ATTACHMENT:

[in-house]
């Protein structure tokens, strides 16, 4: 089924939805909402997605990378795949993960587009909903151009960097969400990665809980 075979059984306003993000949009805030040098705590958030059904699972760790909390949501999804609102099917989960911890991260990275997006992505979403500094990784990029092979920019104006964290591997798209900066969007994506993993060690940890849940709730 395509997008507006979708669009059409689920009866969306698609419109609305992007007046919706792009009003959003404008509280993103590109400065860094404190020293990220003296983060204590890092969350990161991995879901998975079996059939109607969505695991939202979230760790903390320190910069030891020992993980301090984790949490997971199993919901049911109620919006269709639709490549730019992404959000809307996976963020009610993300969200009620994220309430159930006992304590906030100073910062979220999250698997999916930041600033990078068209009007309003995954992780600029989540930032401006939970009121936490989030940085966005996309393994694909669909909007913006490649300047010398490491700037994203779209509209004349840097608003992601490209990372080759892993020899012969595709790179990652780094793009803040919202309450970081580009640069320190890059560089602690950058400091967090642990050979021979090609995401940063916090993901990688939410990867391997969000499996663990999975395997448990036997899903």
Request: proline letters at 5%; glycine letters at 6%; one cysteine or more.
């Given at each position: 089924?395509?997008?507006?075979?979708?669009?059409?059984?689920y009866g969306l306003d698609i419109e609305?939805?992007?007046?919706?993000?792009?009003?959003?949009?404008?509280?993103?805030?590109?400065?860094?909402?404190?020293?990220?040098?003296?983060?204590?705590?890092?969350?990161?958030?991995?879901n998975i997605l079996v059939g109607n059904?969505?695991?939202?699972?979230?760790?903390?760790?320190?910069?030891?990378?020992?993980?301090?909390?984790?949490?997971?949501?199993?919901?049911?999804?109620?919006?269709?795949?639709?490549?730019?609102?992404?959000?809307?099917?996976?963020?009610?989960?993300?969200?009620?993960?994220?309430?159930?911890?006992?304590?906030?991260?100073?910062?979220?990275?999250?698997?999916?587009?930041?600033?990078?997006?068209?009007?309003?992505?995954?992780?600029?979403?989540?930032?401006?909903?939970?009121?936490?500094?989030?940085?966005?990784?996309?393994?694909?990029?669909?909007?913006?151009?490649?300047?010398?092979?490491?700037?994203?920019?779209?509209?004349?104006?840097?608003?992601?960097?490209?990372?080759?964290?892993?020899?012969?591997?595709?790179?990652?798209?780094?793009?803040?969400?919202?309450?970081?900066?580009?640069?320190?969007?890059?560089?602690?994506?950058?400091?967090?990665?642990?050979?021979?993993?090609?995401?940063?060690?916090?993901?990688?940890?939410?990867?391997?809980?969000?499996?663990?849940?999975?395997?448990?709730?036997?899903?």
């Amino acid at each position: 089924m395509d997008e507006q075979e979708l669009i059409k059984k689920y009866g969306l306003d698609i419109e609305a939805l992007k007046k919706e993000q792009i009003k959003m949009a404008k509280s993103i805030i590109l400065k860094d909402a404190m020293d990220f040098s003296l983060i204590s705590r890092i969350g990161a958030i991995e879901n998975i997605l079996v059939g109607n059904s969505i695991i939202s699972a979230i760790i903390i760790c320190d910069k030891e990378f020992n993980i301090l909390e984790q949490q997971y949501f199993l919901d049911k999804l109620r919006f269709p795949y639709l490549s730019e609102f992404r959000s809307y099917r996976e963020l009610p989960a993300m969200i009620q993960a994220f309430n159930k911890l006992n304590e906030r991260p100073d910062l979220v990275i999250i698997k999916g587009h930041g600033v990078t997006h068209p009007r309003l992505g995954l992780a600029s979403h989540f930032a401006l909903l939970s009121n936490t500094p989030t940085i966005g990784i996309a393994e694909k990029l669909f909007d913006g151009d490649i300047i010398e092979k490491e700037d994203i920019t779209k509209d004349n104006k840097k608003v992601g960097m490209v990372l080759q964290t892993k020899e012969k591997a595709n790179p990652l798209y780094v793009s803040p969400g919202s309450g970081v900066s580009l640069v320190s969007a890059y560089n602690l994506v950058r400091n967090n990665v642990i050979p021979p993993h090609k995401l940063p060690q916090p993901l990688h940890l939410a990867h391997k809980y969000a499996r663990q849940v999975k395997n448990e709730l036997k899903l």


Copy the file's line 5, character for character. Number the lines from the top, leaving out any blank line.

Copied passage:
């Amino acid at each position: 089924m395509d997008e507006q075979e979708l669009i059409k059984k689920y009866g969306l306003d698609i419109e609305a939805l992007k007046k919706e993000q792009i009003k959003m949009a404008k509280s993103i805030i590109l400065k860094d909402a404190m020293d990220f040098s003296l983060i204590s705590r890092i969350g990161a958030i991995e879901n998975i997605l079996v059939g109607n059904s969505i695991i939202s699972a979230i760790i903390i760790c320190d910069k030891e990378f020992n993980i301090l909390e984790q949490q997971y949501f199993l919901d049911k999804l109620r919006f269709p795949y639709l490549s730019e609102f992404r959000s809307y099917r996976e963020l009610p989960a993300m969200i009620q993960a994220f309430n159930k911890l006992n304590e906030r991260p100073d910062l979220v990275i999250i698997k999916g587009h930041g600033v990078t997006h068209p009007r309003l992505g995954l992780a600029s979403h989540f930032a401006l909903l939970s009121n936490t500094p989030t940085i966005g990784i996309a393994e694909k990029l669909f909007d913006g151009d490649i300047i010398e092979k490491e700037d994203i920019t779209k509209d004349n104006k840097k608003v992601g960097m490209v990372l080759q964290t892993k020899e012969k591997a595709n790179p990652l798209y780094v793009s803040p969400g919202s309450g970081v900066s580009l640069v320190s969007a890059y560089n602690l994506v950058r400091n967090n990665v642990i050979p021979p993993h090609k995401l940063p060690q916090p993901l990688h940890l939410a990867h391997k809980y969000a499996r663990q849940v999975k395997n448990e709730l036997k899903l």